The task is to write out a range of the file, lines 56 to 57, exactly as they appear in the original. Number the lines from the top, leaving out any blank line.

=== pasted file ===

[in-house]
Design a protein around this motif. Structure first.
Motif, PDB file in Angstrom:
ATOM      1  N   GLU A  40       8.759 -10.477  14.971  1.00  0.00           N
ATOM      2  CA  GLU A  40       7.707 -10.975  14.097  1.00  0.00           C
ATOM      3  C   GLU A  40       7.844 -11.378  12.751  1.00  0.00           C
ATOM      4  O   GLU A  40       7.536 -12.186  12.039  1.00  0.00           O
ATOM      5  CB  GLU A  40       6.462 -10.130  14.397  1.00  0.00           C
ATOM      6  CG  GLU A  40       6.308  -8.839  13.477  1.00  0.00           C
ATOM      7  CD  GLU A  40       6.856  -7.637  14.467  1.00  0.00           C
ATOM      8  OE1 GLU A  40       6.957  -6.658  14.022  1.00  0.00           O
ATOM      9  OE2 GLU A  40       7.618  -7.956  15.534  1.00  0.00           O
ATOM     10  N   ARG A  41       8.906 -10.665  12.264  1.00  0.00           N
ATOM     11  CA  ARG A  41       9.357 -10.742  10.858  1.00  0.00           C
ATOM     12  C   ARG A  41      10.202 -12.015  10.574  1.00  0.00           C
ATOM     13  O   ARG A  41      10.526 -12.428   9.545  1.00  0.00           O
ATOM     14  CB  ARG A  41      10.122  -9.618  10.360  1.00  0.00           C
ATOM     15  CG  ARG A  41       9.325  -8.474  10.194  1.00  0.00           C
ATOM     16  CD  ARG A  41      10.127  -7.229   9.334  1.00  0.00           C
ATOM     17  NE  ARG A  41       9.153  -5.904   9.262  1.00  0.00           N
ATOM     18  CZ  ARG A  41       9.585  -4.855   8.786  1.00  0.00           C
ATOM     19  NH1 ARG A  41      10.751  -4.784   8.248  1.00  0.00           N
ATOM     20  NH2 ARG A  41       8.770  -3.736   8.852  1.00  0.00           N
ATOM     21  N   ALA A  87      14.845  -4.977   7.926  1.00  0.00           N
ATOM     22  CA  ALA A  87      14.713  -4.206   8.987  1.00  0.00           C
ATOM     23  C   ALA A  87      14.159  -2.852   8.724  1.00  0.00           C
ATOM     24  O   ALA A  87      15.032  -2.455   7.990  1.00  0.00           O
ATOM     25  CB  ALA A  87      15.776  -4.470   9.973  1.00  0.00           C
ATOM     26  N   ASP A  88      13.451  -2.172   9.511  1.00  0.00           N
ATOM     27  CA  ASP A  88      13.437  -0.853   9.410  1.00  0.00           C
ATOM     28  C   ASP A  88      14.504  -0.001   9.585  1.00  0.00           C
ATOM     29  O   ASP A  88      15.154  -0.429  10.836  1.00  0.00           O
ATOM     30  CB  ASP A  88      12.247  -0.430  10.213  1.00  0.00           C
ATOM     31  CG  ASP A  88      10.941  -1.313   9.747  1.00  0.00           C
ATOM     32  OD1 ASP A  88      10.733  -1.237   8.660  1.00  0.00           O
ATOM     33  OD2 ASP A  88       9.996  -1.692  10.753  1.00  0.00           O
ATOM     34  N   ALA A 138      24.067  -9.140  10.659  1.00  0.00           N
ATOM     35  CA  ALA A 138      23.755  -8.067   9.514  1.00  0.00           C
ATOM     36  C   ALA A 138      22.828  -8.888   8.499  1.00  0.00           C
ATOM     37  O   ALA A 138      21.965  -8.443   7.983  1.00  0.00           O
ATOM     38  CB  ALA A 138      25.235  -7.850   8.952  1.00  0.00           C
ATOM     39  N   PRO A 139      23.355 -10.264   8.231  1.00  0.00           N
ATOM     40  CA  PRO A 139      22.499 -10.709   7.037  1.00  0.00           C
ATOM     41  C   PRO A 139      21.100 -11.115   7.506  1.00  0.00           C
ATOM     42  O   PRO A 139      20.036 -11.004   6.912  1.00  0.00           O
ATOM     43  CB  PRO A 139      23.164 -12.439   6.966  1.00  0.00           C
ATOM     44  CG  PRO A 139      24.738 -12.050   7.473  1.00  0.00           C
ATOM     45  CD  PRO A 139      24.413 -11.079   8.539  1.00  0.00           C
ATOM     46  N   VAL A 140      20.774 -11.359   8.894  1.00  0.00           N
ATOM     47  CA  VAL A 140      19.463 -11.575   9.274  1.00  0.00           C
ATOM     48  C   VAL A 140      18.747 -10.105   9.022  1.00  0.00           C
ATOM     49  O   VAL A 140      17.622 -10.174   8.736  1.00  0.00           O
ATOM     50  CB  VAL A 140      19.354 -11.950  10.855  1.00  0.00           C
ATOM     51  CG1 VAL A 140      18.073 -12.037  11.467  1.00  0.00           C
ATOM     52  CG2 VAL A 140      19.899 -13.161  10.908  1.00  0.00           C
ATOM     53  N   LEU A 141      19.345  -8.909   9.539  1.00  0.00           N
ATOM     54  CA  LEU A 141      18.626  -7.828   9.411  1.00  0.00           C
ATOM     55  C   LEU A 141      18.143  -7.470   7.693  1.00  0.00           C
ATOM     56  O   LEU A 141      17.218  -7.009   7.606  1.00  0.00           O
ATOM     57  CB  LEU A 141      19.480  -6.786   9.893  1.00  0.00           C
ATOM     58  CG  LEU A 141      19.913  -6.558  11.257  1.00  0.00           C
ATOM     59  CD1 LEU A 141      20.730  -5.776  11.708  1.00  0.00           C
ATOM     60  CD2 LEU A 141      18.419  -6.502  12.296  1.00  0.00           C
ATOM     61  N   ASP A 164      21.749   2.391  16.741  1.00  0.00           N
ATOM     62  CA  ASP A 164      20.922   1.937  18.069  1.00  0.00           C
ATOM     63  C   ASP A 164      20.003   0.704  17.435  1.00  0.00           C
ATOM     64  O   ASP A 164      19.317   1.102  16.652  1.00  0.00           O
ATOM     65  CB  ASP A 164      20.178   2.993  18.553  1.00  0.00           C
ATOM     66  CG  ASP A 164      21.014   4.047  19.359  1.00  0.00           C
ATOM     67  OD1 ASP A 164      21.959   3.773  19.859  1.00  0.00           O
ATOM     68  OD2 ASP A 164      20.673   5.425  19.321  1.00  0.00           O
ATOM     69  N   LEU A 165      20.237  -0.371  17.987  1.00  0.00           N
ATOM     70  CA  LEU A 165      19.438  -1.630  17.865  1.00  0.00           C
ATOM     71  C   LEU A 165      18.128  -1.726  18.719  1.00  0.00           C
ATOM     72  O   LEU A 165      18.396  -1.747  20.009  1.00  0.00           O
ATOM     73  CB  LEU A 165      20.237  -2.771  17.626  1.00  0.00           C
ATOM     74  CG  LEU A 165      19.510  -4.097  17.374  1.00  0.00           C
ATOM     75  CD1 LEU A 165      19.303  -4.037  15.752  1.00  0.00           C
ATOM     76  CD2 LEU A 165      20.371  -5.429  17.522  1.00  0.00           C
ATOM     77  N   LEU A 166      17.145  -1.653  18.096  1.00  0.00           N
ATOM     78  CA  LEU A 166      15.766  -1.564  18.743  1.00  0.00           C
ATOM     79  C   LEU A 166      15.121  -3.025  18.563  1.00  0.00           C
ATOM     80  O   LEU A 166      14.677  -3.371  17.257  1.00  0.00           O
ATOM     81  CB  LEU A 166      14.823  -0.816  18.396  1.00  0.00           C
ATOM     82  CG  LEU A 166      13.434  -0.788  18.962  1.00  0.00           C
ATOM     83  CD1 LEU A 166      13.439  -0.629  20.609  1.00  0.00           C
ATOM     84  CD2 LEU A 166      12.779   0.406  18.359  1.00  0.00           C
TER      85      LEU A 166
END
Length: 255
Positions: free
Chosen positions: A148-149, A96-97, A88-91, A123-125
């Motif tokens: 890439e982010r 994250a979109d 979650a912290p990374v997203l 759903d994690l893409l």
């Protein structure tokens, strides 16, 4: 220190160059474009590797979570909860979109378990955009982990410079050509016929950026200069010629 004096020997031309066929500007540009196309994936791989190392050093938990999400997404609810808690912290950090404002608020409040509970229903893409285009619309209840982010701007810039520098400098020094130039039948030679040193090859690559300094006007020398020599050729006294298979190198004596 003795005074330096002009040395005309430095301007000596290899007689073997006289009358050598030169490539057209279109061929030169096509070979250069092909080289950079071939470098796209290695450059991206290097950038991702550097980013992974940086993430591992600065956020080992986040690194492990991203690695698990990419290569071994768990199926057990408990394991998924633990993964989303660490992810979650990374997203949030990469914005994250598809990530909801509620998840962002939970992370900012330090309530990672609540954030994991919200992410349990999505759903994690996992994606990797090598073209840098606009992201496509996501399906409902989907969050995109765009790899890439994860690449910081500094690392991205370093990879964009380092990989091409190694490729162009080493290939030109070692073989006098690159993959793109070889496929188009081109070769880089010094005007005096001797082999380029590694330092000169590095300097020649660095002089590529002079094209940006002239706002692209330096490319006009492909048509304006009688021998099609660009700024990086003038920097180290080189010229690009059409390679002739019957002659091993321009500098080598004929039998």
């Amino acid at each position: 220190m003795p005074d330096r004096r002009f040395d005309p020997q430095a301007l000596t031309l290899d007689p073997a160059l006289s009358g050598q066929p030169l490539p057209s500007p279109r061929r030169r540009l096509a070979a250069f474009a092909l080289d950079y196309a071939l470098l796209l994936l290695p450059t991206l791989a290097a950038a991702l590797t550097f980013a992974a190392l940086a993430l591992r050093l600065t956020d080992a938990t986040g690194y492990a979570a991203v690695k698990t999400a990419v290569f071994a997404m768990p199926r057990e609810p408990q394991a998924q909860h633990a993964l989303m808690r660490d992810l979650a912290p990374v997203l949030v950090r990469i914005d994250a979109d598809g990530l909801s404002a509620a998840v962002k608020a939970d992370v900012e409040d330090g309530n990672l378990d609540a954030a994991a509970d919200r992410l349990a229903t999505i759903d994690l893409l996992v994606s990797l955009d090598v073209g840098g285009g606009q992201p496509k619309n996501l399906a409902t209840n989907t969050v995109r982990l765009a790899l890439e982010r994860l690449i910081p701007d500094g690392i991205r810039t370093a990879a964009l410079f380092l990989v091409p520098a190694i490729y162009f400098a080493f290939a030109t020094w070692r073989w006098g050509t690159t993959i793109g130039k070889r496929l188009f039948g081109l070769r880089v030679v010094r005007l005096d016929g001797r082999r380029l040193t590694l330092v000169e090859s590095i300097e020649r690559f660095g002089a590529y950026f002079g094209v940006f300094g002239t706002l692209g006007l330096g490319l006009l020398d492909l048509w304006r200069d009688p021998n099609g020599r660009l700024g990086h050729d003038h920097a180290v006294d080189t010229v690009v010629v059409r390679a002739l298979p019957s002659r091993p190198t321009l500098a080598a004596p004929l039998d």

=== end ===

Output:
ATOM     53  N   LEU A 141      19.345  -8.909   9.539  1.00  0.00           N
ATOM     54  CA  LEU A 141      18.626  -7.828   9.411  1.00  0.00           C